The Untold Story Of The First Mac
Aza Raskin shares a memo from his father Jef Raskin, one of the creators of the original Macintosh. An interesting tidbit about the vision of an integrated system, already growing at Apple back in the 80’s:
There were to be no peripheral slots so that customers never had to see the inside of the machine (although external ports would be provided); there was a fixed memory size so that all applications would run on all Macintoshes; the screen, keyboard, and mass storage device (and, we hoped, a printer) were to be built in so that the customer got a truly complete system, and so that we could control the appearance of characters and graphics.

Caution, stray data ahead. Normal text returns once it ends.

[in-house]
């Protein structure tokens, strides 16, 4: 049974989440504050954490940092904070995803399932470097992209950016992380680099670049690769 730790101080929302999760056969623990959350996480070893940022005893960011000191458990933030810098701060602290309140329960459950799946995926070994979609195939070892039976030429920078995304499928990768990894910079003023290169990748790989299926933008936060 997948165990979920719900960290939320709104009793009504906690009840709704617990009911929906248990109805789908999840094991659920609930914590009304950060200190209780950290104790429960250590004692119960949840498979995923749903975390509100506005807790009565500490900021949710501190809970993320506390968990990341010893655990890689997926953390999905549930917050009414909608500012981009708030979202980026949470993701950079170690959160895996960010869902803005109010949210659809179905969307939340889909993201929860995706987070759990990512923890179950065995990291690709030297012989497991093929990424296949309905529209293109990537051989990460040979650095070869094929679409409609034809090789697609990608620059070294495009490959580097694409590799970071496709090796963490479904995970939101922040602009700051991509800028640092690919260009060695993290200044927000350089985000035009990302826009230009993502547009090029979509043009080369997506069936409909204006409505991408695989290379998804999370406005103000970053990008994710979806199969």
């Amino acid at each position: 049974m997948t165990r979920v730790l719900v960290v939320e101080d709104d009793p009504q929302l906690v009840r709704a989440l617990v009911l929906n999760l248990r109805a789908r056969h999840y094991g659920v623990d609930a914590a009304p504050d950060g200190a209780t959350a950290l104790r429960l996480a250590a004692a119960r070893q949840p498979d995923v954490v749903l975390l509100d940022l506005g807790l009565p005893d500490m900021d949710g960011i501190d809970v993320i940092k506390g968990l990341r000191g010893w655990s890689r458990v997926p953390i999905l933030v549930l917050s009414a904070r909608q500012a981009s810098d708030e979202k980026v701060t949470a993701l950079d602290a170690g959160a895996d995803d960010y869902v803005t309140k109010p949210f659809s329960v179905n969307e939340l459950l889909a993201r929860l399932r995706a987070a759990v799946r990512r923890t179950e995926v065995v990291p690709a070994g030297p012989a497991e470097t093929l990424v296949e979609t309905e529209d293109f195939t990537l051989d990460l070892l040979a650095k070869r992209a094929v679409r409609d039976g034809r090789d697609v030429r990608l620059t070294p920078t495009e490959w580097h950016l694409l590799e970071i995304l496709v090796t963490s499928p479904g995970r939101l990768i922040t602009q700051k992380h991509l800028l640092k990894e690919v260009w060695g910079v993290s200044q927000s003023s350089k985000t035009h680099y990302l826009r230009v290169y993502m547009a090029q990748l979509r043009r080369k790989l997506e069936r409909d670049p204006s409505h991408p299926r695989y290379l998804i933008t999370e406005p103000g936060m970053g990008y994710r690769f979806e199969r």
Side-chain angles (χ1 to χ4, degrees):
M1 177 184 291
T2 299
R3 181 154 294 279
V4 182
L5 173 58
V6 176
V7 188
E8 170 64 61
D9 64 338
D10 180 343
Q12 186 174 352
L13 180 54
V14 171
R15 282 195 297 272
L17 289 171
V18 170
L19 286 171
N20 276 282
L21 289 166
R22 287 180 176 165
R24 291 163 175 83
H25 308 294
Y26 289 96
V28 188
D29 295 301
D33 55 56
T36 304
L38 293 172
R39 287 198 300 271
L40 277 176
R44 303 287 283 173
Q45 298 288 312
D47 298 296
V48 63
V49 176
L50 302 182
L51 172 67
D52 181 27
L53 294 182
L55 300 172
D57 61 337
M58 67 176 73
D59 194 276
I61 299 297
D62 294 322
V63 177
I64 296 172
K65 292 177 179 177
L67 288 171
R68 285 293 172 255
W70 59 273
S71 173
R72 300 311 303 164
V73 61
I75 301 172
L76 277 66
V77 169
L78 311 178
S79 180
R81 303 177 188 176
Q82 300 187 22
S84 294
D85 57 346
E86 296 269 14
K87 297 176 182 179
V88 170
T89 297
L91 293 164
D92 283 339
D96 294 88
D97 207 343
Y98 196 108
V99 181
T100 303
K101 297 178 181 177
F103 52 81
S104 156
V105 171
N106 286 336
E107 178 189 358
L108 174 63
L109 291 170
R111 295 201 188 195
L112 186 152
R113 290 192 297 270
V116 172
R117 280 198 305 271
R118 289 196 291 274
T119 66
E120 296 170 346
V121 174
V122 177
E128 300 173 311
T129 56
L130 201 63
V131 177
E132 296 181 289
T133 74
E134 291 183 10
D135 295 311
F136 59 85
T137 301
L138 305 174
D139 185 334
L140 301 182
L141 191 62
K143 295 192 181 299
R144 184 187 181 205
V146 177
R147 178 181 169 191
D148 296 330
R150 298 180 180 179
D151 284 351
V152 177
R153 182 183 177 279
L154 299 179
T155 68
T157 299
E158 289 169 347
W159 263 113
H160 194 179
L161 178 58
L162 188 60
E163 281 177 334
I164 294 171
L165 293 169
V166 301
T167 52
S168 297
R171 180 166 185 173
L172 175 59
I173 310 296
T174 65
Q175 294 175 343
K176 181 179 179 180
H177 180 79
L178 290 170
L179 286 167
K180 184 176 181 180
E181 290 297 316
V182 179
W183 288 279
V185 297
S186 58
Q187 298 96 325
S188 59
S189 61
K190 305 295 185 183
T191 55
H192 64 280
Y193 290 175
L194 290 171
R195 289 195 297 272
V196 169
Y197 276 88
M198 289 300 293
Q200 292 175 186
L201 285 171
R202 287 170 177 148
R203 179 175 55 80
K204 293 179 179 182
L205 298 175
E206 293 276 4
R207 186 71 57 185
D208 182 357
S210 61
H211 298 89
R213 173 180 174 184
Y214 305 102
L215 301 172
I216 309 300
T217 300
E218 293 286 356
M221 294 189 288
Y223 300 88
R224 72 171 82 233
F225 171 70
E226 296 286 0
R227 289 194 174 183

Full document is available here, and it’s a must read. Thirty years ago, designers and engineers at Apple were already thinking about issues like software fragmentation and user’s ability to tinker with a device.